Russia asks for regular U.S. missile defence consultations
MOSCOW, March 25
MOSCOW, March 25 (Reuters) - Russia has asked Washington to hold regular consultations on missile defence in Europe, signalling that a shift in U.S. missile shield plans might help to resolve a row that has long strained ties.
Russia has toned down initial criticism of the U.S. decision, first announced on March 16, to add 14 interceptors in Alaska and forgo a new interceptor it had earlier planned to deploy in central Europe.
Cold War-era foes Moscow and Washington have long been at loggerheads over the anti-missile shield Washington has begun to deploy in Europe in cooperation with NATO nations.
But Russian Defence Minister Sergei Shoigu, on Monday told his U.S. counterpart Chuck Hagel Moscow wanted regular talks on that with Washington.
"We are very interested in further developments on the European missile defence and our minister offered to restart regular consultations on that between deputy ministers," Anatoly Antonov, a deputy of Shoigu, was quoted as saying by agency RIA.
Such talks could be held between Antonov and U.S. Under Secretary of Defence James Miller, the report said. Shoigu also proposed to Hagel to hold a meeting of Russia and NATO defence ministers in Moscow on the sidelines of a conference in May.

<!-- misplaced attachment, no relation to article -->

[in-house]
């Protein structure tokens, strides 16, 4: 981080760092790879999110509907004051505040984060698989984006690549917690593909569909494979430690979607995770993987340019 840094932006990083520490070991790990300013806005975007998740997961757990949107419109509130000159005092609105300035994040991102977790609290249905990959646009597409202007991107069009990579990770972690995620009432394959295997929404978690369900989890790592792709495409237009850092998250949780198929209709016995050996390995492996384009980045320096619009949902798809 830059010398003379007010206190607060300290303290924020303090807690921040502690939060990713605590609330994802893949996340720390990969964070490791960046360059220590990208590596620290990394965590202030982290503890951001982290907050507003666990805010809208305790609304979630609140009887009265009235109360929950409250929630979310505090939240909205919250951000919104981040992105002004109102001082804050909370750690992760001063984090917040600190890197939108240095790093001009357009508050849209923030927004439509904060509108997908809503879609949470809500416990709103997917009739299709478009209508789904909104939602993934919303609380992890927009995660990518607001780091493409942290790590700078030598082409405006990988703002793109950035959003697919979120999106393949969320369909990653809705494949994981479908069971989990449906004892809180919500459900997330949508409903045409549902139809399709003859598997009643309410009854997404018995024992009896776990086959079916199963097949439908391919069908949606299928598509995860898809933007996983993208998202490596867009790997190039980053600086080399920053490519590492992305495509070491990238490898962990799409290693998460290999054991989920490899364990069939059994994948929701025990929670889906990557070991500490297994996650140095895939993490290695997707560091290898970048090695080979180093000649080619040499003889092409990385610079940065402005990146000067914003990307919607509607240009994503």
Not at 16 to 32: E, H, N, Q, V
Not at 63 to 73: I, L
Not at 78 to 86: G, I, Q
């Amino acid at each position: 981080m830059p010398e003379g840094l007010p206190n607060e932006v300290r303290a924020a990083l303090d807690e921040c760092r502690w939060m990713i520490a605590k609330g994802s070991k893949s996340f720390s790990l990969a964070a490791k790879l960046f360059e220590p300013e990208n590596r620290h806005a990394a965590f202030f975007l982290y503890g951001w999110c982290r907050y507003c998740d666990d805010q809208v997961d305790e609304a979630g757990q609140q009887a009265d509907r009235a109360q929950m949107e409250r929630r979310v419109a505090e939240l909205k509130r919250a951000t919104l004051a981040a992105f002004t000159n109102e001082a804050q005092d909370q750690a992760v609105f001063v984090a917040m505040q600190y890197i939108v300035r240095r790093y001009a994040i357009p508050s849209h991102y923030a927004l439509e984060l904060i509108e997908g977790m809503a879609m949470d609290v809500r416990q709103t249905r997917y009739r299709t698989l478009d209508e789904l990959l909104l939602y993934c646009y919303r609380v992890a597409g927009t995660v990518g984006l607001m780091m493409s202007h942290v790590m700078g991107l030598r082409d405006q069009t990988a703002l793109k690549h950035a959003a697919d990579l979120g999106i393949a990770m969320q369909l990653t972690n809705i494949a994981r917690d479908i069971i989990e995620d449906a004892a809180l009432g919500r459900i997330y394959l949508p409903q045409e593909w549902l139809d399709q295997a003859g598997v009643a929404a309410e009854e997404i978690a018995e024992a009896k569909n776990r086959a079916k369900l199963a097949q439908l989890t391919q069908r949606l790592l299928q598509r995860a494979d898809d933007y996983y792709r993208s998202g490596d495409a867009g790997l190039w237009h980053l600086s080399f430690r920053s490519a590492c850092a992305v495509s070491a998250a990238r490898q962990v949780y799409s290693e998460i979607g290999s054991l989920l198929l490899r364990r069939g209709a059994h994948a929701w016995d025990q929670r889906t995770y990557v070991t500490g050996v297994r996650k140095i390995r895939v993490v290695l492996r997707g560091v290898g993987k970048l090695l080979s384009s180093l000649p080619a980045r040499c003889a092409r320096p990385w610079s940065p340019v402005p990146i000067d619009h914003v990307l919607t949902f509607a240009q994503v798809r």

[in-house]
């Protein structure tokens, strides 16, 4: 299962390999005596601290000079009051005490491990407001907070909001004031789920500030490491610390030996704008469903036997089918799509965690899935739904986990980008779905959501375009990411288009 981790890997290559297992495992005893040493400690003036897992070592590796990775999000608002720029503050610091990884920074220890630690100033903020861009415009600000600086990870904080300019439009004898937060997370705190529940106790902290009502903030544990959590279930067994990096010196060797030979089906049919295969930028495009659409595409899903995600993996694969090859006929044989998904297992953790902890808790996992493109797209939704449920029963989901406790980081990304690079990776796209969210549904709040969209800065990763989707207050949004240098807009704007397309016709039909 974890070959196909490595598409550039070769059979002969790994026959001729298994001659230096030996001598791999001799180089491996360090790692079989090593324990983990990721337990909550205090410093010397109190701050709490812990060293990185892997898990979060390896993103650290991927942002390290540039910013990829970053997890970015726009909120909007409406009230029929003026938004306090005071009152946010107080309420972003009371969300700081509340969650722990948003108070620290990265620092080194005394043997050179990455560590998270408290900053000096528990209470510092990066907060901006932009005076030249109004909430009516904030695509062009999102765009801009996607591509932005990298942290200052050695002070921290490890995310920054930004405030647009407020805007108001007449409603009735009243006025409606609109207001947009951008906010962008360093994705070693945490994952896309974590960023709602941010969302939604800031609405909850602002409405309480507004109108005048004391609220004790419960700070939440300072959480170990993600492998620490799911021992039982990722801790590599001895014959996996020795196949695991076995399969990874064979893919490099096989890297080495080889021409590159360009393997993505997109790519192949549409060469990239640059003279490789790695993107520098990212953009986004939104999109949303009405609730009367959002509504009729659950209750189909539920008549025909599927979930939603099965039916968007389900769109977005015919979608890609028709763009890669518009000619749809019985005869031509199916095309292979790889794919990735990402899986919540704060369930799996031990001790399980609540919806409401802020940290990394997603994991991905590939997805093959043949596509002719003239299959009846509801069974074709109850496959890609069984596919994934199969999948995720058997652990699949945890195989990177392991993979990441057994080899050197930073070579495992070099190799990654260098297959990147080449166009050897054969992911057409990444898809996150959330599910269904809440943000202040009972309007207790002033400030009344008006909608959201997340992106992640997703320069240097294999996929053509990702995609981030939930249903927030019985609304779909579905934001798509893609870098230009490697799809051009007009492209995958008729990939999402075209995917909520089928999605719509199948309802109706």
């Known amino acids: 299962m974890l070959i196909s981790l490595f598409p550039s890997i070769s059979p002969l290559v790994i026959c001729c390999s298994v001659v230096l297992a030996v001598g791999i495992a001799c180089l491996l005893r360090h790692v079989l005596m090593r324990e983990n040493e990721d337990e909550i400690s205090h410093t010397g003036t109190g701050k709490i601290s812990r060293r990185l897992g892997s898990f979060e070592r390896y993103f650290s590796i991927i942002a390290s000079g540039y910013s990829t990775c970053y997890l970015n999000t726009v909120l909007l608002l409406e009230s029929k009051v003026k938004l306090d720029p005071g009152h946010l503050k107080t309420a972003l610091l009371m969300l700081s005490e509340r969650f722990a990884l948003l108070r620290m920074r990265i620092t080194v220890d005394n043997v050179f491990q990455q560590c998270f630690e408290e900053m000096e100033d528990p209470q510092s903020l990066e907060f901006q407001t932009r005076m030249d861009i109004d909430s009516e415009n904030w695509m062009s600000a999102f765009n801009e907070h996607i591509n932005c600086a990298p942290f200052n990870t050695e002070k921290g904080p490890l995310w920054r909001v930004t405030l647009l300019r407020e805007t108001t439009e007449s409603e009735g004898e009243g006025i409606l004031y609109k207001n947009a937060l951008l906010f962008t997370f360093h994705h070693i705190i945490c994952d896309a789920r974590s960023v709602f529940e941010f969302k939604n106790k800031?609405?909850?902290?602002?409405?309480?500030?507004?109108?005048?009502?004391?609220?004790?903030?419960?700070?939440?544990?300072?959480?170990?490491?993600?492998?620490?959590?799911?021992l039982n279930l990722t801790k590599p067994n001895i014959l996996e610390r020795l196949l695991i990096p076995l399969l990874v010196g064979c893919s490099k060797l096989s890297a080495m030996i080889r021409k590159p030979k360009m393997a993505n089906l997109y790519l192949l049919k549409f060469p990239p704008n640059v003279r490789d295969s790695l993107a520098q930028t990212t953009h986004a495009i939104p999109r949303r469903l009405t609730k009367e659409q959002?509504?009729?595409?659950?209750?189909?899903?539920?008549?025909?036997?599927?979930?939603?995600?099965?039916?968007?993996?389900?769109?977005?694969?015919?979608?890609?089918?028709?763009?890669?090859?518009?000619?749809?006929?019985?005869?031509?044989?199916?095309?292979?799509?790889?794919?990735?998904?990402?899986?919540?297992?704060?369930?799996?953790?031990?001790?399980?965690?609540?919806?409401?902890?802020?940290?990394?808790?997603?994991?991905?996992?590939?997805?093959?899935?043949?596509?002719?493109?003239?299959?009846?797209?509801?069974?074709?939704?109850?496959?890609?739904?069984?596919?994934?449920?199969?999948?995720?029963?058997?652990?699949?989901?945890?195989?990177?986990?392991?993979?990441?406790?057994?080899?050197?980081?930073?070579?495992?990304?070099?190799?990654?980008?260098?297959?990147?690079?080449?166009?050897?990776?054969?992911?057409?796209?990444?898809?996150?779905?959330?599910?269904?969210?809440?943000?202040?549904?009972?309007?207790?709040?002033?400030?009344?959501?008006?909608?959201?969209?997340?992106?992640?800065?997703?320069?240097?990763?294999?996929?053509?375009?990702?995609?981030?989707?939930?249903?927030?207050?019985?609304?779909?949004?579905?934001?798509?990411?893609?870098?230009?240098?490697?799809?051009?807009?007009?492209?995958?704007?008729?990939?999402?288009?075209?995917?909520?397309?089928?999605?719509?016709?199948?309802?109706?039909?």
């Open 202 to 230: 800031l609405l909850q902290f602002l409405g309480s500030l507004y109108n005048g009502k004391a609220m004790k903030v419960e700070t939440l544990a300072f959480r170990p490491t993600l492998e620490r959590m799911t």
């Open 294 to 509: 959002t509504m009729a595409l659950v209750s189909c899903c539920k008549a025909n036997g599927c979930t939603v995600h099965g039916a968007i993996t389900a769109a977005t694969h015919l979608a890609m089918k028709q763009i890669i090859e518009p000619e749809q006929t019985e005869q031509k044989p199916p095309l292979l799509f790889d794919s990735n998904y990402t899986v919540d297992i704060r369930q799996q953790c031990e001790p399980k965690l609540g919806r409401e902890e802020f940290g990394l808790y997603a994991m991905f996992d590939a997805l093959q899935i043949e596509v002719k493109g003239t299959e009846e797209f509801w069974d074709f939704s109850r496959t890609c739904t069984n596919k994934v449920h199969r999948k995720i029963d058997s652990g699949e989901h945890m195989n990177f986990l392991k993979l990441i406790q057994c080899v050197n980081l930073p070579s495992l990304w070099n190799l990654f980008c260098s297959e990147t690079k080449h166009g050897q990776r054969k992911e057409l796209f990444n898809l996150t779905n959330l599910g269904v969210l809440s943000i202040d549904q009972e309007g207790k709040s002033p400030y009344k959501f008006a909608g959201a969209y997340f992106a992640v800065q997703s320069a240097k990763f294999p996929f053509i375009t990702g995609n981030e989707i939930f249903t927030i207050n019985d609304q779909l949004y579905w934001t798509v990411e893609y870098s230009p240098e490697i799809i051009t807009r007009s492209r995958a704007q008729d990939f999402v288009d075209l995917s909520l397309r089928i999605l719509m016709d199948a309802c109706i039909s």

Moscow has said the shield would eventually enable the West to shoot down some Russian intercontinental ballistic missiles, undermining its nuclear deterrence capabilities and tipping the post-Cold War balance of power.
Russia has demanded legally binding guarantees that the shield would be used against it in spite of Washington saying the system was no threat to Russia and was only aimed as protection against any attacks by rouge states like Iran.
Russia has given no sign it will drop that demand, and senior Russian officials have said throughout the dispute that they are ready to continue dialogue with Washington.
Ties between Russia and the United States, both veto-wielding members of the U.N. Security Council, have chilled since Vladimir Putin returned to the Kremlin for a third term in May over human rights and security, including the war in Syria.
But Russia's initial criticism of Hagel's announcement was followed by signals that the U.S. global air defences change, which the Pentagon said was needed to boost protection against North Korea, may help Moscow and Washington make progress.
Putin's foreign policy adviser, Yuri Ushakov, was also quoted as saying on Monday that a national security aide of President Barack Obama, Tom Donilon, will visit Moscow on April 15 for talks, including on the missile shield.
Russia has frequently said it was unlikely to go for further cuts in its nuclear arsenal unless Washington satisfactorily addresses its concerns about missile defence. (Reporting by Gabriela Baczynska; Editing by Angus MacSwan)
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